In previous posts, I’ve covered how Evernote helps to get things done more efficiently and with ease. In this post, I’ll focus on using checklists in Evernote to help you become an even more productive lawyer.
First, it’s important to point out there is a real and meaningful distinction between checklists and tasks in Evernote. Checklists are designed to serve as reminders of things that you need to do, but not things that serve as single-action items, which Evernote considers a task.
Checklists come in handy for activities that take several steps to complete, or for a portion of a project that requires lists. Here are some examples of things I use them for:
- Morning routine
- Getting Things Done weekly review
- Business and personal travel
- Creating a client presentation
- Drafting a blog post
As a lawyer, master checklists can be used to remind you of the steps in routine activities such as:
- Drafting a motion or brief
- Replying to a motion or brief
- Going to court to argue a motion or brief
- Prepping a witness for deposition
- Opening a new client file
Adding these kinds of checklists to Evernote can really help you step up your productivity. You will have created a repeatable process that does not require any guessing whenever you need to, say, open a new client file.
Create a Notebook for Master Checklists
One way to get the most out of your checklists in Evernote is to create a notebook called “Master Checklists.” Once you create this notebook, you will be able to right-click on any one of the master checklists you place in it, select “Copy to Notebook,” and place the copy into another notebook.
For example, let’s say you set up a master checklist called “Opening a New Client File.” This checklist could contain the typical steps to follow when taking on a new matter, including running a conflicts check, receiving your retainer, doing an initial investigation, writing a memo to the file, thanking the client and creating a client folder.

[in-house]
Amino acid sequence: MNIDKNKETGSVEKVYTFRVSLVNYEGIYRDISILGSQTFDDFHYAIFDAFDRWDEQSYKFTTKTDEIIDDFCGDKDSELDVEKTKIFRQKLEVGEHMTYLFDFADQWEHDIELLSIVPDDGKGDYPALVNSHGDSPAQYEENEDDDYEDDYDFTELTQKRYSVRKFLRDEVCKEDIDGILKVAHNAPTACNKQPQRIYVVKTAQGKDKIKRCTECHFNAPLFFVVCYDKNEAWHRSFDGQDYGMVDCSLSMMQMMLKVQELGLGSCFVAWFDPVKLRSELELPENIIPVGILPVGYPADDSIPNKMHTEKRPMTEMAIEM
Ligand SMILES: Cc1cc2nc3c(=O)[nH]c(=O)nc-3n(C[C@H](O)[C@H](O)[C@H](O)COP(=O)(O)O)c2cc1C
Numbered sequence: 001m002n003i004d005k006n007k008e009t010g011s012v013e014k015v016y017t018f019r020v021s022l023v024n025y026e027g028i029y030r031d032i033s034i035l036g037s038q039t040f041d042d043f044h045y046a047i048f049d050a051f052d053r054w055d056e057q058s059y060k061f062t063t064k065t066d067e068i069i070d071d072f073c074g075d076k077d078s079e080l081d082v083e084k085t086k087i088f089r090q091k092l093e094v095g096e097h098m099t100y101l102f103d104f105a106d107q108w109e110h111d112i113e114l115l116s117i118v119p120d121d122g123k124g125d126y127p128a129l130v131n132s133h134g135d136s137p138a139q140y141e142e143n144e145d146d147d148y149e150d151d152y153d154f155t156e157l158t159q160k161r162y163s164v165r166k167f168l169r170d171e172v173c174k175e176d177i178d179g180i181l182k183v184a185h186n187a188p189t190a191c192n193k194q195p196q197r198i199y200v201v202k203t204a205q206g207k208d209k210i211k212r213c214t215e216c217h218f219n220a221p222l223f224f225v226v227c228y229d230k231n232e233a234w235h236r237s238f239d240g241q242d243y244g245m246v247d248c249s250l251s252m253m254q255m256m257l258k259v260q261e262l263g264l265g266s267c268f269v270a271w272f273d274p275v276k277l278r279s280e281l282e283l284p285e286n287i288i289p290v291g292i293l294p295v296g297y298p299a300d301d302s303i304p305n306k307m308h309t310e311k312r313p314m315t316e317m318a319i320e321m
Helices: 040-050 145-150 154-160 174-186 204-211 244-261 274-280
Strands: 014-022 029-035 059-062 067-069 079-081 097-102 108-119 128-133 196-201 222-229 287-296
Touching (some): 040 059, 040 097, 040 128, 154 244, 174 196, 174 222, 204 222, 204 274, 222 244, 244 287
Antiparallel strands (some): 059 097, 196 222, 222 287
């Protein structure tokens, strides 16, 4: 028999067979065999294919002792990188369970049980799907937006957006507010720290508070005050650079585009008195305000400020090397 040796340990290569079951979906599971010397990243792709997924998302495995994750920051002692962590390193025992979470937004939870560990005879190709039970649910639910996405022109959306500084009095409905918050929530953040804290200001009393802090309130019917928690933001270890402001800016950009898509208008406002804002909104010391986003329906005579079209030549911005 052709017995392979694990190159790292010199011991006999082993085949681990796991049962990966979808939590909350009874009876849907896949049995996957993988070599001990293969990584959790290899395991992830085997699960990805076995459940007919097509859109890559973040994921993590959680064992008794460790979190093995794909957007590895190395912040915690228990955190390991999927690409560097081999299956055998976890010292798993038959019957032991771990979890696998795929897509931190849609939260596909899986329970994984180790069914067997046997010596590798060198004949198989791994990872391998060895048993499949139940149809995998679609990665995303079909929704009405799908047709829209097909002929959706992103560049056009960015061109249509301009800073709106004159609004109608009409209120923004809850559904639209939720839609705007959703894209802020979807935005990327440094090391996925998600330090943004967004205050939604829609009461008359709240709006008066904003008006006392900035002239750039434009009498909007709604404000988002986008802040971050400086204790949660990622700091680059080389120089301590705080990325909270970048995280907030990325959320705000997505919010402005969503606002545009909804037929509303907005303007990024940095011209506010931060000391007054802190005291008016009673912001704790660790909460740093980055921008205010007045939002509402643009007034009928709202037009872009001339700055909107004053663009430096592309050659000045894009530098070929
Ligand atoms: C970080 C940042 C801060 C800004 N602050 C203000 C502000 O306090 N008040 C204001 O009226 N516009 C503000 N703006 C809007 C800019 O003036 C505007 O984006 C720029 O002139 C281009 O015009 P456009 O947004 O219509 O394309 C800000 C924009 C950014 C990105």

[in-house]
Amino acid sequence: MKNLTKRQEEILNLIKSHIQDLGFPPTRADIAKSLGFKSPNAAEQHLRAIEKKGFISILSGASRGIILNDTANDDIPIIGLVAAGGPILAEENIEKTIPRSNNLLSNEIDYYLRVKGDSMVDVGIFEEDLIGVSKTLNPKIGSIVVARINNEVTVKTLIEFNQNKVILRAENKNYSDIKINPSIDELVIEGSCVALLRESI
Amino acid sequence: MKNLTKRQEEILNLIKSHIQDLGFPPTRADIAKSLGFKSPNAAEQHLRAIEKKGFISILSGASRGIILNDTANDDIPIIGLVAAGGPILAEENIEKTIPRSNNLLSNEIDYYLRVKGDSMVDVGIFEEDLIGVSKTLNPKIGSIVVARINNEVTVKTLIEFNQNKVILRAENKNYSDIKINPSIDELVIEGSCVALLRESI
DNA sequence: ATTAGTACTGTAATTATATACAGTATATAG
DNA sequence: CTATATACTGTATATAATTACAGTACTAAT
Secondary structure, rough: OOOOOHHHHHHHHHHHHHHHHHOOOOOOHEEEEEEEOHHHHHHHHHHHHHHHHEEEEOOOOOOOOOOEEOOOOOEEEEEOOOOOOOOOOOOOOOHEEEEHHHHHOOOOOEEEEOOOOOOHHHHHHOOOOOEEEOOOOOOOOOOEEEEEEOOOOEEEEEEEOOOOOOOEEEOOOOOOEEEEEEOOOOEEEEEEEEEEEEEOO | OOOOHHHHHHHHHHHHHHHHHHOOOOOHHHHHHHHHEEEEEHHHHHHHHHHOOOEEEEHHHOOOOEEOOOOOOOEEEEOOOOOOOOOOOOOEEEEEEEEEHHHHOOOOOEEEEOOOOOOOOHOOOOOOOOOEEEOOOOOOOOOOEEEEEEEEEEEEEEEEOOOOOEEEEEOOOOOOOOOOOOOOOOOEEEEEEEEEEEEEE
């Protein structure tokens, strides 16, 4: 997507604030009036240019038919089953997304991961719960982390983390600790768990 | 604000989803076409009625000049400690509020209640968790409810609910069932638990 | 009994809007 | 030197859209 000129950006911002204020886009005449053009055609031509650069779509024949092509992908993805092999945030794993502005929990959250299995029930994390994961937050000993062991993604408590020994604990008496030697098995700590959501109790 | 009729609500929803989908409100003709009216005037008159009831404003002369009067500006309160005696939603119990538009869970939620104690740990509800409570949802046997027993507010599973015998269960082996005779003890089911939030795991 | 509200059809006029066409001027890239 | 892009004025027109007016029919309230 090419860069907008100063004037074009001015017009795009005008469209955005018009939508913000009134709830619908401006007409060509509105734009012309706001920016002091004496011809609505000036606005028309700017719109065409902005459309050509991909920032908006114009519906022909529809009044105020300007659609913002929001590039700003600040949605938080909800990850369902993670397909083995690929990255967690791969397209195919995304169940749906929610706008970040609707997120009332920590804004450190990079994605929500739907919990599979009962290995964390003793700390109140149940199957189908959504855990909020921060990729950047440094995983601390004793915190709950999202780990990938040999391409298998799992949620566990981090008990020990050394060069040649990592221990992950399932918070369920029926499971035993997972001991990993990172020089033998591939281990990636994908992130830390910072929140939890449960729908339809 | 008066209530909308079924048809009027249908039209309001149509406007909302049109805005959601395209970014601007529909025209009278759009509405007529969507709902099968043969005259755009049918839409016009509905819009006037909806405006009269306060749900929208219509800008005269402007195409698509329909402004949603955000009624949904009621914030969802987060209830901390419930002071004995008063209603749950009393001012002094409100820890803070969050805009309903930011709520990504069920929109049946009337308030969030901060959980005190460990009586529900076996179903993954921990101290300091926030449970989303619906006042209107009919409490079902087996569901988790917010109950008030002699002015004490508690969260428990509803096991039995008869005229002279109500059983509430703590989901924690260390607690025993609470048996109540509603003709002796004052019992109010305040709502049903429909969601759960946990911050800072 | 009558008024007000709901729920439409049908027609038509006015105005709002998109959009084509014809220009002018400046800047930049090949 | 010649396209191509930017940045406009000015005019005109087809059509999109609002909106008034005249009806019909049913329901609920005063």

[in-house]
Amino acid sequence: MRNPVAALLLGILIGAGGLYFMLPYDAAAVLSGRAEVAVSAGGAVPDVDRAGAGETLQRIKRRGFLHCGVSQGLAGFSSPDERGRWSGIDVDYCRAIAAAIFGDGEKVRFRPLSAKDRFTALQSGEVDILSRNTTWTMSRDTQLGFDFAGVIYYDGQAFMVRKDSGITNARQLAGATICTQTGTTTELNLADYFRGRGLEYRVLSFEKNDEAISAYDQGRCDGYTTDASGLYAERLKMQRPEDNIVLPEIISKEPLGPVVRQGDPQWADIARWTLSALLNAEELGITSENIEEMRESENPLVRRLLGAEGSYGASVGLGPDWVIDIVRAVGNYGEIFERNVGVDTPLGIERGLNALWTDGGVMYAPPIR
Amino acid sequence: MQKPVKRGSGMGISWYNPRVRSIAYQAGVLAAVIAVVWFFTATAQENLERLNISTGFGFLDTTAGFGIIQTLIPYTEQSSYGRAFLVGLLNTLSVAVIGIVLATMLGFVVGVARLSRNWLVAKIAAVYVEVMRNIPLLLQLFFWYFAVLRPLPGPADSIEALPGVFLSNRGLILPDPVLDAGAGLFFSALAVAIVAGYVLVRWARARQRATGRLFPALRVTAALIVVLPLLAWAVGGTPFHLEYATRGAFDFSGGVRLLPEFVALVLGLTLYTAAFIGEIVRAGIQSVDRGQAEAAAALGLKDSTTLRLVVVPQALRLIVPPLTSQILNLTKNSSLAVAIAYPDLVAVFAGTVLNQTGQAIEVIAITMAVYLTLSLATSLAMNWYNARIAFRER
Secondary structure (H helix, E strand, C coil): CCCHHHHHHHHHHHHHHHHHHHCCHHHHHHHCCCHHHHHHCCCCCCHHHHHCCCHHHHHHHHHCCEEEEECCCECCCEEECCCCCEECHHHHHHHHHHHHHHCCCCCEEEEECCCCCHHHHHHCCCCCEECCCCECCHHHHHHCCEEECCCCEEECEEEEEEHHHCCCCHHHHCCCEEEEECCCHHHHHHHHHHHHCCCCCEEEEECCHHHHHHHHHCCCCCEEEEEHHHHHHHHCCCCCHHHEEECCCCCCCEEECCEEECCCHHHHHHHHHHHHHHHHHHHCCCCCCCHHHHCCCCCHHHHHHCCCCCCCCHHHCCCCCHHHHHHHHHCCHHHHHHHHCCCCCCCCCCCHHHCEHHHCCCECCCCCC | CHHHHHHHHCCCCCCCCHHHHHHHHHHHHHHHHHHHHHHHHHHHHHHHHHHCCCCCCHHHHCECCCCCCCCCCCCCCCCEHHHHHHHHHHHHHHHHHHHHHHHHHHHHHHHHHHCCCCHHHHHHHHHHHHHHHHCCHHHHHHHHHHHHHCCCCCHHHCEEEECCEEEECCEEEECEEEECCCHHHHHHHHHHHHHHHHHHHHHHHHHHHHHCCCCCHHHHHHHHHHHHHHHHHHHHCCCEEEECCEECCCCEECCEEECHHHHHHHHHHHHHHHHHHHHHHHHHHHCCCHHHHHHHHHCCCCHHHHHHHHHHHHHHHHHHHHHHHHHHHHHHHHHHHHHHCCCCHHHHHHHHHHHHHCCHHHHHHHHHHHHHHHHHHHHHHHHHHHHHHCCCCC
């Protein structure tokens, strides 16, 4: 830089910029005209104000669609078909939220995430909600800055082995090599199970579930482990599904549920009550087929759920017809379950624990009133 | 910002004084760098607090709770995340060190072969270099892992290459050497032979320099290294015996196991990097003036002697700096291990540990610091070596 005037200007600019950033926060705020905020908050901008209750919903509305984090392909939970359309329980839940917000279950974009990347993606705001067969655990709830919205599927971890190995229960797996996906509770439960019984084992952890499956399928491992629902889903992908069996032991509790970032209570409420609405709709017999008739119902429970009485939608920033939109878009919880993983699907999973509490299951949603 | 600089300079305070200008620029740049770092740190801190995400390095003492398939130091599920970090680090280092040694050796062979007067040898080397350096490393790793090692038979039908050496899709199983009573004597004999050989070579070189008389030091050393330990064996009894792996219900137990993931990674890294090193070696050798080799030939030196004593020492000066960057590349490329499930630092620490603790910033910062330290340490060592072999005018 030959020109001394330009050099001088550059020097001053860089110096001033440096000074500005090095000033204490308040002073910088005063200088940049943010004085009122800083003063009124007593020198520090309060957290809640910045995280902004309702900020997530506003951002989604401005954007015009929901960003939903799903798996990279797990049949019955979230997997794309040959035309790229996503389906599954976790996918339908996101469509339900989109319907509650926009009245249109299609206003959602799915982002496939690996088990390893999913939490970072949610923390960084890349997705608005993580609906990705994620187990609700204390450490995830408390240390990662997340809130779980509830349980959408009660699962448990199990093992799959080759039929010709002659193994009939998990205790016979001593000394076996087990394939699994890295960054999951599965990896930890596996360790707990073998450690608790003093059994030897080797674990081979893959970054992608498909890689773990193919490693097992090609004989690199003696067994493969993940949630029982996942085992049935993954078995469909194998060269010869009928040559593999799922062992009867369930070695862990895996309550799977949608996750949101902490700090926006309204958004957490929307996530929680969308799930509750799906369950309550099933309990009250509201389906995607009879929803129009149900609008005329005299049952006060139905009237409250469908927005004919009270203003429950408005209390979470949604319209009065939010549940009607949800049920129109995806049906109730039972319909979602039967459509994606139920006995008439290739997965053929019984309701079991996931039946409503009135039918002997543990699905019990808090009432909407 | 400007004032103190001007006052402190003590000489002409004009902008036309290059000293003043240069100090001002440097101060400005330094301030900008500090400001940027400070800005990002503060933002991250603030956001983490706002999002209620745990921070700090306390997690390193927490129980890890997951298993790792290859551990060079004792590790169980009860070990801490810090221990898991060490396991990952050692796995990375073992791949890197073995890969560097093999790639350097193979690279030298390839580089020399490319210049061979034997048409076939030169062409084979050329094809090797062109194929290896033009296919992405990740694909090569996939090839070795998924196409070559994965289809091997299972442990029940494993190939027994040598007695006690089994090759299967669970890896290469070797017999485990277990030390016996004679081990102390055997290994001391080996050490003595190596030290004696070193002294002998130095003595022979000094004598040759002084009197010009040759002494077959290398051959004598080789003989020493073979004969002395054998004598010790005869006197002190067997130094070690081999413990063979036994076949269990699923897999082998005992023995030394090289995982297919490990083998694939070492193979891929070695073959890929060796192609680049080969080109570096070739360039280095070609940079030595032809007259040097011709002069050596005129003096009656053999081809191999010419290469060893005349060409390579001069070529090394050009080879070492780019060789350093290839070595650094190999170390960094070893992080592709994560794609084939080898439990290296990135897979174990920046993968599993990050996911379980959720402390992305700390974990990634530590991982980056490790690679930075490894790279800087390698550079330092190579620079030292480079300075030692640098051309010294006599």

Now let’s say you have a prospective client from the ABC Corporation looking for your assistance. The first thing you want to do is create a new notebook called “ABC Corp.” Next, go to your Master Checklist notebook and copy and paste your “Opening a New Client File” checklist into your ABC Corp notebook, and you can begin customizing it for ABC Corp.
Link Your Evernote Notes to Your Checklist
Now, let’s step it up a notch. Say your Evernote ABC Corp notebook contains your initial research, tagged by issue of law, plus the results of the conflicts check and other reference-related materials—all tagged accordingly. Depending on your comfort level with storing legal work product in Evernote, you may have added it as well. (Read more about Evernote for Business and its security features as well as Evernote’s Three Laws of Data Protection.)
Now we’re going to connect your reference-related materials and the checklist for “Opening a New Client File” with the power of Evernote’s copy note links function. Note links are, basically, internal Evernote hyperlinks for each note you store inside Evernote, so when you add a note link to a new note it functions just like a webpage!
The idea is to make the items on your ABC Corp checklist hyperlink to a note within the ABC Corp notebook. This will allow you to get to the exact note you need quickly, without having to search through an increasingly long list of notes accumulating in the notebook.
For example, let’s say you want to see the results of the conflicts check straight from your checklist. To do this, you need to create a hyperlink that takes you from the checklist directly to your conflicts result note:
- Right-click on the “Conflicts Results” note and select “Copy Note Link.”
- Open the checklist and highlight the “Conflicts Results” task. Now right-click, select Link, then Add, and then paste the copied link into the pop-up menu.
- The note link will appear in your checklist.
One More Evernote Tip
If you sort your notes in Evernote by date order, but still want the checklist to appear first in a notebook, manually change the note’s date to a date far in the future, say the year 2020. Simply click on the “i” button in your note on either a PC or a Mac, highlight the year in which the note was updated and change it.